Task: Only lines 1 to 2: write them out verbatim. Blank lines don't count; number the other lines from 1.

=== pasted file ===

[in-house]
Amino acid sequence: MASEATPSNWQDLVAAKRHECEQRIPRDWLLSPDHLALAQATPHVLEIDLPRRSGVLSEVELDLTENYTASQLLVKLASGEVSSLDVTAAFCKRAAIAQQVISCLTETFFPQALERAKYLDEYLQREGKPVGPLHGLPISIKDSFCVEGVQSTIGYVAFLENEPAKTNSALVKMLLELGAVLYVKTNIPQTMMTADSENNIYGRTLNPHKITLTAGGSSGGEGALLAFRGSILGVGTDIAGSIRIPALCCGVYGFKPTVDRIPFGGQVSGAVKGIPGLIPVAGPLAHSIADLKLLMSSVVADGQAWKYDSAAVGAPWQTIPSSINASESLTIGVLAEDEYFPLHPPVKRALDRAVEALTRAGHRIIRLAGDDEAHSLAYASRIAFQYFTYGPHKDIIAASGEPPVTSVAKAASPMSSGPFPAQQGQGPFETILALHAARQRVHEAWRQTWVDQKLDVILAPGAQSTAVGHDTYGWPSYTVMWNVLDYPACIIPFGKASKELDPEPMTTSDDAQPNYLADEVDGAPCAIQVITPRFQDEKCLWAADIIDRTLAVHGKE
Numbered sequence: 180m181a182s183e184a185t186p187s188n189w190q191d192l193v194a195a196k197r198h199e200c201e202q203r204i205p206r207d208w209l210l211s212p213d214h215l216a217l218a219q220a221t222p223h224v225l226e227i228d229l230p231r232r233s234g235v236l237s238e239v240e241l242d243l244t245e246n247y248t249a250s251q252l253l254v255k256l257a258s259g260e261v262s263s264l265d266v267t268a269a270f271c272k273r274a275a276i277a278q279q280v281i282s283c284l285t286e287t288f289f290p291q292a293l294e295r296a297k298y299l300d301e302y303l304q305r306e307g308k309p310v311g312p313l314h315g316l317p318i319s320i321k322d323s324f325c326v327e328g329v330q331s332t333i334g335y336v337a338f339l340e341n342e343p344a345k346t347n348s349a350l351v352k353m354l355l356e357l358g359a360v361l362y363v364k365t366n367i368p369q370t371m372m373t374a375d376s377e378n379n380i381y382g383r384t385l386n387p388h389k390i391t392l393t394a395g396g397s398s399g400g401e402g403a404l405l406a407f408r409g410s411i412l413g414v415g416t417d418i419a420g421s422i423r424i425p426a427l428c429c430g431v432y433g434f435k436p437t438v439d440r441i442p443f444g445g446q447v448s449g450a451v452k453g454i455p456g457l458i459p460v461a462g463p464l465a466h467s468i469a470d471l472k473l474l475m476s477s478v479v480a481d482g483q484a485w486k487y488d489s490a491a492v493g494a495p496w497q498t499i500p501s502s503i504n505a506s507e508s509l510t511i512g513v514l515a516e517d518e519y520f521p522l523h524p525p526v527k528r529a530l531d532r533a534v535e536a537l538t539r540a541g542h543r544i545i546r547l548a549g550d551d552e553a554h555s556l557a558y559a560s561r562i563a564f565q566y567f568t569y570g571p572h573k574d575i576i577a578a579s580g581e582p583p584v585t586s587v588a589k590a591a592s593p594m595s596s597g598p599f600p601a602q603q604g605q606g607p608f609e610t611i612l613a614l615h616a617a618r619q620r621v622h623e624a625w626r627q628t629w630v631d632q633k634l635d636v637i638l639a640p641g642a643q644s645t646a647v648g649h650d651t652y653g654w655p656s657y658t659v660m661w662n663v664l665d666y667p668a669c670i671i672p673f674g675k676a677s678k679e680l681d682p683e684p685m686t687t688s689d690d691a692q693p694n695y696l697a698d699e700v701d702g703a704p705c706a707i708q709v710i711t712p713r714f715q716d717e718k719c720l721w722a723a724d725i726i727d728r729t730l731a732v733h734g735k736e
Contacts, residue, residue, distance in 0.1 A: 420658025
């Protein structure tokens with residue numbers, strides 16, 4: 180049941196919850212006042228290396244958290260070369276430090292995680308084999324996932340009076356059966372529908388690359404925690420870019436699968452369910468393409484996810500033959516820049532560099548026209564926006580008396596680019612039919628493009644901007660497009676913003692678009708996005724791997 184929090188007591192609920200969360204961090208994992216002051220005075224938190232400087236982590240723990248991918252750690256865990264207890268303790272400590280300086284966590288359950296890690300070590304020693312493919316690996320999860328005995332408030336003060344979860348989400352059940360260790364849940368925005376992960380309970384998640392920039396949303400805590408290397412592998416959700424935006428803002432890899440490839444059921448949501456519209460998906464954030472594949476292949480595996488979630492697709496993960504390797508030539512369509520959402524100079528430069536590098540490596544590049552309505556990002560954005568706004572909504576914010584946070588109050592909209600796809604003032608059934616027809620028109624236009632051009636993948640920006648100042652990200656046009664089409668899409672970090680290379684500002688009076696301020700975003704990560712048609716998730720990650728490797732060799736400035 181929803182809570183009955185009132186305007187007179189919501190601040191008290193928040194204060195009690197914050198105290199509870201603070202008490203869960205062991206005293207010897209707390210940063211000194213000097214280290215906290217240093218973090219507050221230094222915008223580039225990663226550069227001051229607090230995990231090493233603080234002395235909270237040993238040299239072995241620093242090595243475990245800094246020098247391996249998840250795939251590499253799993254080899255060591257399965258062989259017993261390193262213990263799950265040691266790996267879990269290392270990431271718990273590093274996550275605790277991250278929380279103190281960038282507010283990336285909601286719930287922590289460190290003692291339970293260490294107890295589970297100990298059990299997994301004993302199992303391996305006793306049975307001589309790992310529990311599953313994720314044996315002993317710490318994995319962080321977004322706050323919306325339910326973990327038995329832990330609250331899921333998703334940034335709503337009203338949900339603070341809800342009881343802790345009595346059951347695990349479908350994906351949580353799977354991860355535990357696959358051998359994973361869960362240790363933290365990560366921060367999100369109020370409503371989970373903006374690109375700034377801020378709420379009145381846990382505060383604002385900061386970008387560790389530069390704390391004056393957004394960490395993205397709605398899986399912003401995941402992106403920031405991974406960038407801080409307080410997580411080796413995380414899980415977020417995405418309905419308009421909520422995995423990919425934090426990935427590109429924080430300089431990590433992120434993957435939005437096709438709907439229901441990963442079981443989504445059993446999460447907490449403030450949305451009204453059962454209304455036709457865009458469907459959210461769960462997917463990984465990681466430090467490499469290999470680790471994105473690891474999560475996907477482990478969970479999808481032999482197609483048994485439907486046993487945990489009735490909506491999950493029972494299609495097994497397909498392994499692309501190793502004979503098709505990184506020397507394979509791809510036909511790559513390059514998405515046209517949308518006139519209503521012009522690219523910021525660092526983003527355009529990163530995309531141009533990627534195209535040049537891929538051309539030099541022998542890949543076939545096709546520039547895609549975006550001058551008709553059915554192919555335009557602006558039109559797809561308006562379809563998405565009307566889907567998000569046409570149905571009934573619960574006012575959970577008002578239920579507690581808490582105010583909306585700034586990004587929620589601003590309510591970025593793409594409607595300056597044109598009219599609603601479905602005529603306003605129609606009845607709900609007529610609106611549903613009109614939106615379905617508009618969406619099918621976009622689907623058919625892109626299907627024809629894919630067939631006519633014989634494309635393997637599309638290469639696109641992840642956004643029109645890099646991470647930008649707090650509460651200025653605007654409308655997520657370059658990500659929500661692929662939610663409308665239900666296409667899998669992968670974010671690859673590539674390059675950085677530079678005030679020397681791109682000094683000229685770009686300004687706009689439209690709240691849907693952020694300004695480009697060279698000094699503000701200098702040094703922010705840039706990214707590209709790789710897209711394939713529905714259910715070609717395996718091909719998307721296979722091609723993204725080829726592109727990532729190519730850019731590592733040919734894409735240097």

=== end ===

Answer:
[in-house]
Amino acid sequence: MASEATPSNWQDLVAAKRHECEQRIPRDWLLSPDHLALAQATPHVLEIDLPRRSGVLSEVELDLTENYTASQLLVKLASGEVSSLDVTAAFCKRAAIAQQVISCLTETFFPQALERAKYLDEYLQREGKPVGPLHGLPISIKDSFCVEGVQSTIGYVAFLENEPAKTNSALVKMLLELGAVLYVKTNIPQTMMTADSENNIYGRTLNPHKITLTAGGSSGGEGALLAFRGSILGVGTDIAGSIRIPALCCGVYGFKPTVDRIPFGGQVSGAVKGIPGLIPVAGPLAHSIADLKLLMSSVVADGQAWKYDSAAVGAPWQTIPSSINASESLTIGVLAEDEYFPLHPPVKRALDRAVEALTRAGHRIIRLAGDDEAHSLAYASRIAFQYFTYGPHKDIIAASGEPPVTSVAKAASPMSSGPFPAQQGQGPFETILALHAARQRVHEAWRQTWVDQKLDVILAPGAQSTAVGHDTYGWPSYTVMWNVLDYPACIIPFGKASKELDPEPMTTSDDAQPNYLADEVDGAPCAIQVITPRFQDEKCLWAADIIDRTLAVHGKE